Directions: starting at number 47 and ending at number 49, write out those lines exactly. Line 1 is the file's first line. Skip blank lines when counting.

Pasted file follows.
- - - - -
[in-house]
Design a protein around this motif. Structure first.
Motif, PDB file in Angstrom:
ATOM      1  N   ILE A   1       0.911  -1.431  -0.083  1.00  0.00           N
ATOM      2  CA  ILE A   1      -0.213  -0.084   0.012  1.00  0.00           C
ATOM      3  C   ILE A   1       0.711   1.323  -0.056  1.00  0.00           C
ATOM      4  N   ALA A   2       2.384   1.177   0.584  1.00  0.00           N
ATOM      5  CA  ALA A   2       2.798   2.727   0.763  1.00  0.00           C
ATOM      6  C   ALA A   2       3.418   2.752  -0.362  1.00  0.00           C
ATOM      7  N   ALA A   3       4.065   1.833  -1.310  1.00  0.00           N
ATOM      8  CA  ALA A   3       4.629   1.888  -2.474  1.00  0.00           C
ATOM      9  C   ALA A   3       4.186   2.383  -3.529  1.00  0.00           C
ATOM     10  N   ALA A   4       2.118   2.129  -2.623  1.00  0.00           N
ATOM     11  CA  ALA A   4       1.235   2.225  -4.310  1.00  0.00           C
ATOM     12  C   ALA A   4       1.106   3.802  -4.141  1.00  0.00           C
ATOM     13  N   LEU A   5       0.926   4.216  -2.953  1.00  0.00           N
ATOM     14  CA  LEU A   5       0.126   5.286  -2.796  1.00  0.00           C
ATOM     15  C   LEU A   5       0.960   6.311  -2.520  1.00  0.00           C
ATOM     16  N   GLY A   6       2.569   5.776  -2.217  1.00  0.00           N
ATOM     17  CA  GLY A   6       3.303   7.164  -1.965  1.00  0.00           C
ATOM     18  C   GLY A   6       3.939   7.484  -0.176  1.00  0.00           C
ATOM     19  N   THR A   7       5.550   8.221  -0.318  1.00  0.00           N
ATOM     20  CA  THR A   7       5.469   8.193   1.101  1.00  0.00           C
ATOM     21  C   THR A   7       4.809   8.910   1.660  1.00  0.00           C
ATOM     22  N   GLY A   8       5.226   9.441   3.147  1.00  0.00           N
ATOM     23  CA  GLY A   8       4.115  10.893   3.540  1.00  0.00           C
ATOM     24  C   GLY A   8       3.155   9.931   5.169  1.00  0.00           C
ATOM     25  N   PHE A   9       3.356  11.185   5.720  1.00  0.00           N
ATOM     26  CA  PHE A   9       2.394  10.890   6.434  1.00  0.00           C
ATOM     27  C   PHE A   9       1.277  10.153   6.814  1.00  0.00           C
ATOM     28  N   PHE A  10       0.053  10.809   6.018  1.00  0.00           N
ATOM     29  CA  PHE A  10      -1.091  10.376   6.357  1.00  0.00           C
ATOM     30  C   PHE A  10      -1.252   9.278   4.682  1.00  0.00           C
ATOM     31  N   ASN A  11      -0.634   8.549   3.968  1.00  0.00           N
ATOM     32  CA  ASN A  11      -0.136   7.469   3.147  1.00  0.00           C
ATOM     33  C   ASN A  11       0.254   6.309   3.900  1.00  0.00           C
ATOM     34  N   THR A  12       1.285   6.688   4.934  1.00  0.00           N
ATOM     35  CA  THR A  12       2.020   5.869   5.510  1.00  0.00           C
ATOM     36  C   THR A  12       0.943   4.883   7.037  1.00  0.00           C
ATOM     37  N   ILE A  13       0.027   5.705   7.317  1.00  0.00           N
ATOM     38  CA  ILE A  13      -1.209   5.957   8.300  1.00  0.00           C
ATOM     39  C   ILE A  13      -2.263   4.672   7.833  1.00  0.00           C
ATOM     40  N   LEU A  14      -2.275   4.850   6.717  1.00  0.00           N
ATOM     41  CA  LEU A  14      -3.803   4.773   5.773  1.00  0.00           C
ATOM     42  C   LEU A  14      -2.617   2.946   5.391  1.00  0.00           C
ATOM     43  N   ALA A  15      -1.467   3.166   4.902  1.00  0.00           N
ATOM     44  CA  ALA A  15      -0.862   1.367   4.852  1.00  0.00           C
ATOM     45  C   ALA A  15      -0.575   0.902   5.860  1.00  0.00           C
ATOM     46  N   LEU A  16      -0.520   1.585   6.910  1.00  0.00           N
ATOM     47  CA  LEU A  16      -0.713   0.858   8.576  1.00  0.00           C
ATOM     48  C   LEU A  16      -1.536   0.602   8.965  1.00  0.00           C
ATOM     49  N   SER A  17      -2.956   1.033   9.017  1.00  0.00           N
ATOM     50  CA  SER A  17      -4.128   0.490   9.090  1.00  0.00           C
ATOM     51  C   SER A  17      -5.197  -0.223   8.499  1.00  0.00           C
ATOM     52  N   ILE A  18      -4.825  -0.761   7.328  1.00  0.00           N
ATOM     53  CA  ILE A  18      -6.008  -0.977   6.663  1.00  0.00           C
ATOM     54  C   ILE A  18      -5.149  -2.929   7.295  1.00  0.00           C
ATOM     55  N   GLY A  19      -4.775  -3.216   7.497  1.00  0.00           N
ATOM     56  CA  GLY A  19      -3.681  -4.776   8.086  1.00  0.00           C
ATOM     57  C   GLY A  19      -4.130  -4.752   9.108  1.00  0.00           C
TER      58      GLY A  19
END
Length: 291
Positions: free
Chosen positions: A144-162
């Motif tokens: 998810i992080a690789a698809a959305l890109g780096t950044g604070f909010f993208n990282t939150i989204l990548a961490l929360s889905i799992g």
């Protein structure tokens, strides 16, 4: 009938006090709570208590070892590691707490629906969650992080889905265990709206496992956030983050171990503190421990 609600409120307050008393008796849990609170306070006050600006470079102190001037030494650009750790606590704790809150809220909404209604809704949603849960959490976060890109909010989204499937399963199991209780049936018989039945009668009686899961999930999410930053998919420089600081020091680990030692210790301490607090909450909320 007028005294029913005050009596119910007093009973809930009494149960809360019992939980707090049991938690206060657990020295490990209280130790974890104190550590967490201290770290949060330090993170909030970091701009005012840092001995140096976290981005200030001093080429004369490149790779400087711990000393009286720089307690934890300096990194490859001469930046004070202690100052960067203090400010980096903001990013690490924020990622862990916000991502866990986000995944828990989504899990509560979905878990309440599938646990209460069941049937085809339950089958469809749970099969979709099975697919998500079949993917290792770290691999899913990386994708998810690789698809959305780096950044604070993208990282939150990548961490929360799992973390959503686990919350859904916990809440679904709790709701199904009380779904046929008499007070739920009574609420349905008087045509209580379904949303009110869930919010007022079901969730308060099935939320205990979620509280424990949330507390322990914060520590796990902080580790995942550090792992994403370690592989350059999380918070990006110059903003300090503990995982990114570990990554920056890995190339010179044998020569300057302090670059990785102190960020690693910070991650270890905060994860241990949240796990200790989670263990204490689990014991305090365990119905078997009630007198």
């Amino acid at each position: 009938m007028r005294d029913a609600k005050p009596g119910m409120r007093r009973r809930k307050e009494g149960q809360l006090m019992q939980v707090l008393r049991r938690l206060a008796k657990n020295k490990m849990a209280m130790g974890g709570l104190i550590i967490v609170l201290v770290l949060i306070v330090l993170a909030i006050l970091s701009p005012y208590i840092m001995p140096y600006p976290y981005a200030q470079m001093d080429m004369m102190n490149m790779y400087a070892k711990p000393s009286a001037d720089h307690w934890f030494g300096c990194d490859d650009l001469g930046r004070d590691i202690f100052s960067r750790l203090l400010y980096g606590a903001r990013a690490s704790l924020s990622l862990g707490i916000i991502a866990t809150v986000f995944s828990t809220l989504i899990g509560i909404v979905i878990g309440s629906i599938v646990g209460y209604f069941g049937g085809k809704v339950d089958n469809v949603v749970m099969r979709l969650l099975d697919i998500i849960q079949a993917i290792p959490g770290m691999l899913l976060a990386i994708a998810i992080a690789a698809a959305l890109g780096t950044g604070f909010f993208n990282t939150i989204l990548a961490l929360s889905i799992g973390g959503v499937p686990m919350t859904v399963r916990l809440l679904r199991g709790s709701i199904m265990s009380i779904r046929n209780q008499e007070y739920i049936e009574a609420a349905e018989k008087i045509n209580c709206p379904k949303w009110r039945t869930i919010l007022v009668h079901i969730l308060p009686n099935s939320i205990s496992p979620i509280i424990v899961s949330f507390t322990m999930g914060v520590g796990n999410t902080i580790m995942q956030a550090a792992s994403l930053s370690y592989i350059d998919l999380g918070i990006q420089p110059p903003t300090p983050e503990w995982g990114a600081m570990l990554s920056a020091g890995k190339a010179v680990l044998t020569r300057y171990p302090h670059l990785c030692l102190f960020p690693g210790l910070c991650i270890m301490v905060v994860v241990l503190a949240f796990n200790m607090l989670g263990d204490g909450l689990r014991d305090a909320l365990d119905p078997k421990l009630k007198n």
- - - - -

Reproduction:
ATOM     44  CA  ALA A  15      -0.862   1.367   4.852  1.00  0.00           C
ATOM     45  C   ALA A  15      -0.575   0.902   5.860  1.00  0.00           C
ATOM     46  N   LEU A  16      -0.520   1.585   6.910  1.00  0.00           N